|Title||The Influence of Mental Health on Portfolio Choice of Older Households.|
|Year of Publication||2016|
|Academic Department||Family Resource Management|
|University||The Ohio State University|
|Keywords||Decision making, Mental Health, Older Adults, Portfolios|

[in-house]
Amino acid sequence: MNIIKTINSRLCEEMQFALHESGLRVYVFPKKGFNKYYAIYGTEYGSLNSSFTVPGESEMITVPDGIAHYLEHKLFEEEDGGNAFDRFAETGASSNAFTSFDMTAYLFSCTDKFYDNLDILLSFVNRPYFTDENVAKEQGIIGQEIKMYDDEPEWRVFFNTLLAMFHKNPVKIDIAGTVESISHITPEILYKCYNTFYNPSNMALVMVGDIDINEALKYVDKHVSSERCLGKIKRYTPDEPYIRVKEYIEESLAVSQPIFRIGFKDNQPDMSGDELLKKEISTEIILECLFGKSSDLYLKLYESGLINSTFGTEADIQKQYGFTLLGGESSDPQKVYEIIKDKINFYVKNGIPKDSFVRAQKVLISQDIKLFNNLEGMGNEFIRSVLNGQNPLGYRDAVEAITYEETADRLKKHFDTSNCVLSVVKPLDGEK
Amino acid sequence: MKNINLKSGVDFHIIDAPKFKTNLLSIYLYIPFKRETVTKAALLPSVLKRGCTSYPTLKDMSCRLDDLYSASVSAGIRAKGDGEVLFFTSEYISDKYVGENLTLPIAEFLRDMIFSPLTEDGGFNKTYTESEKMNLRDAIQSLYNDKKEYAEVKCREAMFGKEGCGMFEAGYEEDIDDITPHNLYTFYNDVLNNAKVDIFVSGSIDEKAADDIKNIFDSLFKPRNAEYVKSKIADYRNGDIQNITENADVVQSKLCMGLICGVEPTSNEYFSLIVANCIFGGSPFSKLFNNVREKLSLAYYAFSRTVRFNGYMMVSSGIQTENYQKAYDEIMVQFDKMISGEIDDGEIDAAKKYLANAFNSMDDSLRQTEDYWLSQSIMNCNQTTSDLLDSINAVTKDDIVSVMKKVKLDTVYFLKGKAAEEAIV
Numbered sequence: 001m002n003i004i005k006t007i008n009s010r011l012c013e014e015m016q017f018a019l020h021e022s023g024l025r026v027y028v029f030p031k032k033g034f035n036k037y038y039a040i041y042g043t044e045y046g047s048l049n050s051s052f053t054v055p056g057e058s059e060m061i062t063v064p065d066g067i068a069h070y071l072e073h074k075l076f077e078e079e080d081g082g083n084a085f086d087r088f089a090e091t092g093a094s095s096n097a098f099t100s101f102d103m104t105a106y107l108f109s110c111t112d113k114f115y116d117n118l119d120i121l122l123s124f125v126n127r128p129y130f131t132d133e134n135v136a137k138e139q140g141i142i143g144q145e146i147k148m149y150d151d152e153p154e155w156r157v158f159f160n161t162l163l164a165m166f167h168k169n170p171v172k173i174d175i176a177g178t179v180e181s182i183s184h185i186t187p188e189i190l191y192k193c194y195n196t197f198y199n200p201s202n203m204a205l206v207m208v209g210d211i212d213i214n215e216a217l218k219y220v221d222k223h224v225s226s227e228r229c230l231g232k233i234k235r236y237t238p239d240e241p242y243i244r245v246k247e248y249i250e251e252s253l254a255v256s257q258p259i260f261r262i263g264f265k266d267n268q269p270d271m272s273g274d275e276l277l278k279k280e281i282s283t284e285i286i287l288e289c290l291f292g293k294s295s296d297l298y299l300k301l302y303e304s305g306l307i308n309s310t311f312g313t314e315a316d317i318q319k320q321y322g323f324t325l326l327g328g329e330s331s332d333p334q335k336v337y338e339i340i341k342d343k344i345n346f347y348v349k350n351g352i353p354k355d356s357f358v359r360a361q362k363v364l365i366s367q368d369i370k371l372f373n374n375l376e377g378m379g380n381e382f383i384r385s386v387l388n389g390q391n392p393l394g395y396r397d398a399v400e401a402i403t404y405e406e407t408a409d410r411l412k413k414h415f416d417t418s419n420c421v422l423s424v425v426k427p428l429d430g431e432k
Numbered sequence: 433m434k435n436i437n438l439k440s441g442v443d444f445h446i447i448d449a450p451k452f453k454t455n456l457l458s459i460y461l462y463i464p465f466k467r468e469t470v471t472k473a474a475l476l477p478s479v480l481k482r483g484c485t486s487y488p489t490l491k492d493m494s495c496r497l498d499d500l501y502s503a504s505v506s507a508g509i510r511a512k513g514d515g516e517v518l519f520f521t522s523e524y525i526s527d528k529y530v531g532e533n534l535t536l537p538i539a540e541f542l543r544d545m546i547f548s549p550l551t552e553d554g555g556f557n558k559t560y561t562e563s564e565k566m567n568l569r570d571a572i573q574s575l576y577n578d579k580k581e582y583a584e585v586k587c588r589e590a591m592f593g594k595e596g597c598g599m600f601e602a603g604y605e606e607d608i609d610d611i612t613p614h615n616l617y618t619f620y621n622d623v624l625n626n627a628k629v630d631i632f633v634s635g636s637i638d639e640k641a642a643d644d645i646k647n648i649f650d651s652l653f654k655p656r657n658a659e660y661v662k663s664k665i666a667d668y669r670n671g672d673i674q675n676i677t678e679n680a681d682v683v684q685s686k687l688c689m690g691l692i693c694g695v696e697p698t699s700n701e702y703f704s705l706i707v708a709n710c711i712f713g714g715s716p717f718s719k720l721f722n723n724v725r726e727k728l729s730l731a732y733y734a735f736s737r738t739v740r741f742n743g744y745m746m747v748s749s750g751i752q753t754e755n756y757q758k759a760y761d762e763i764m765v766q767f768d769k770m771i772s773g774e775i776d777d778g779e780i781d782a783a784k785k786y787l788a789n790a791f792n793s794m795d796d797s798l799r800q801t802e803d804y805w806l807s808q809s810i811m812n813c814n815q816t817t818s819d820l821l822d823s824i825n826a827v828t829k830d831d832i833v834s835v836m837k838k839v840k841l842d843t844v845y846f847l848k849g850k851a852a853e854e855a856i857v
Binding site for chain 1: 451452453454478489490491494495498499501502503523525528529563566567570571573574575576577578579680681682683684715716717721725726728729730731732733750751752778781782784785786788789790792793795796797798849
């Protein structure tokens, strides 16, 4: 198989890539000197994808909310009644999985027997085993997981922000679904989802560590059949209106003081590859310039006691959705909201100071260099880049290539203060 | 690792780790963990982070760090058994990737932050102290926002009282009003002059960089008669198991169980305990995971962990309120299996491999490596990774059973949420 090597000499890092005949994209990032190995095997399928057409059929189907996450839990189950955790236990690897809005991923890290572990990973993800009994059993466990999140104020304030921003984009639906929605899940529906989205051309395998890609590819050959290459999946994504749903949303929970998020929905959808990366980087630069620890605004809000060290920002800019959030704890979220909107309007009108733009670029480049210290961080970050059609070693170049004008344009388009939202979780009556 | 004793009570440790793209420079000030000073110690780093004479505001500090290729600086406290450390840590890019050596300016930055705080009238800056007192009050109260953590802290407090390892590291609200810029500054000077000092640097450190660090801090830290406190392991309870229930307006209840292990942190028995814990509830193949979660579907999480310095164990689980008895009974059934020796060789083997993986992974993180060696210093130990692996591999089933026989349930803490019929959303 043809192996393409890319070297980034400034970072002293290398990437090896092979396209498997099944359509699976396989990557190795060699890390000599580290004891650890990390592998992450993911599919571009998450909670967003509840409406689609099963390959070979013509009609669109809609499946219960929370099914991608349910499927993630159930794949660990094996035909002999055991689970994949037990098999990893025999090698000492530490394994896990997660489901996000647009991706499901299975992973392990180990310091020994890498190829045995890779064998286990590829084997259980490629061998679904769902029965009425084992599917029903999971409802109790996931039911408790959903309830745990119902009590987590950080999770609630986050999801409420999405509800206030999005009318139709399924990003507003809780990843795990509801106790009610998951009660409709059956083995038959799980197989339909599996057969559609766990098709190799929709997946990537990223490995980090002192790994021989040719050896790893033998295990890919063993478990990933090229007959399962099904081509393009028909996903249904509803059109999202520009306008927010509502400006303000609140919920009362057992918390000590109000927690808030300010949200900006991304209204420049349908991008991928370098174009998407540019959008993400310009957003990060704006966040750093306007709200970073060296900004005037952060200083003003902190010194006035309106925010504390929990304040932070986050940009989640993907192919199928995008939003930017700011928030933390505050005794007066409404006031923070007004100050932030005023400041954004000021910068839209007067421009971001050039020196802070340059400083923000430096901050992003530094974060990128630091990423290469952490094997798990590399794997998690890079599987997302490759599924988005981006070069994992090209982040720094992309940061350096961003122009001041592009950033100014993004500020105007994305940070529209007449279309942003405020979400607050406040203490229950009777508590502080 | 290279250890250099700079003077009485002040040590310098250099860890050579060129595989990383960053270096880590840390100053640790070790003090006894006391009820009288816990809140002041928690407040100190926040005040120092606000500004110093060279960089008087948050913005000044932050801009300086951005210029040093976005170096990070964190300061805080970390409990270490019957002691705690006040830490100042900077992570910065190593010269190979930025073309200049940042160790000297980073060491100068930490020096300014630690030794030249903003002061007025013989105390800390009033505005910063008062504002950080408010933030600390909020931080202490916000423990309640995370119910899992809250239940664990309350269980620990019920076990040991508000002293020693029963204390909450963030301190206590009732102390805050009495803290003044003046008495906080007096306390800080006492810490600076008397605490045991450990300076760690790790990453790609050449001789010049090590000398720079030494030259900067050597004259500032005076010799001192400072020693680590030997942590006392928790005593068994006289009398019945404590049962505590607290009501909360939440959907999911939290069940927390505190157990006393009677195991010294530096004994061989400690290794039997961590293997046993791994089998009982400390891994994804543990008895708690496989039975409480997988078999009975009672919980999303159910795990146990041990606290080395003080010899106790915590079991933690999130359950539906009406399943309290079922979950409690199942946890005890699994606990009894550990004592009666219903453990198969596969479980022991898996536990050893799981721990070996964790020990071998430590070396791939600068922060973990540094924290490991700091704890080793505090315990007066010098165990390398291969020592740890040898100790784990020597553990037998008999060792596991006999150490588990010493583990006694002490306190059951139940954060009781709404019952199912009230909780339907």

With an aging population, an increasing number of people including the baby boomers are entering their retirement age. The need for appropriate financial planning for the elderly is an important issue as most of them will need to depend on their retirement savings for expenditures in their retirement. The elderly people’s well-being will hinge on how well they manage their personal finances. Yet there are many challenges facing the older population with respect to personal financial management. One of the most important challenges is that many elderly people have mental health conditions which may affect their ability to manage their household portfolios. This study examines the influences of different kinds of mental health conditions including depression, memory problems, sleep problems and psychiatric problems on household portfolio choice. This study specifically examines two potential significant mechanisms by which mental health conditions might affect household portfolio choice, namely direct influence of mental health on portfolio choice and indirect influence of mental health on portfolio choice through affecting cognitive ability. Based on the theoretical background on the relationship among mental health conditions, cognitive ability and portfolio choice, a model concerning these factors is established. Empirical specifications are built based on health and personal financial management literature. Several research hypotheses are developed to test the direct and indirect influences of mental health conditions on household portfolio choice. Panel regression analyses with fixed effects and mediation models are used to test the hypotheses concerning portfolio decisions in older households in various empirical specifications.Using data from the Health and Retirement Study, this study finds that elderly persons suffering from mental health conditions, including memory problems and depression, have significantly lower cognitive ability than those without these conditions. Fixed effects regressions and mediation models show that memory problems and depression are indirectly associated with a decrease in ownership of risky assets mediated by cognitive ability. Sleep problems, however, are indirectly associated with increase in ownership of risky assets mediated by cognitive ability. On the other hand, sleep problems, memory problems, depression and psychiatric problems are not significantly associated with the proportion of risky assets in the investment portfolios of older households.The results of this study have important policy implications in the area of personal financial management of the elderly. This study establishes the possible mechanism by which mental health conditions influence household portfolio choice. Policy makers may wish to suggest laws to protect elderly people suffering from mental health conditions while they make important investment decisions on their portfolios. One example is to make it mandatory for financial institutions to provide the mentally ill with adequate access to certified… Advisors/Committee Members: Yilmazer, Tansel (Advisor).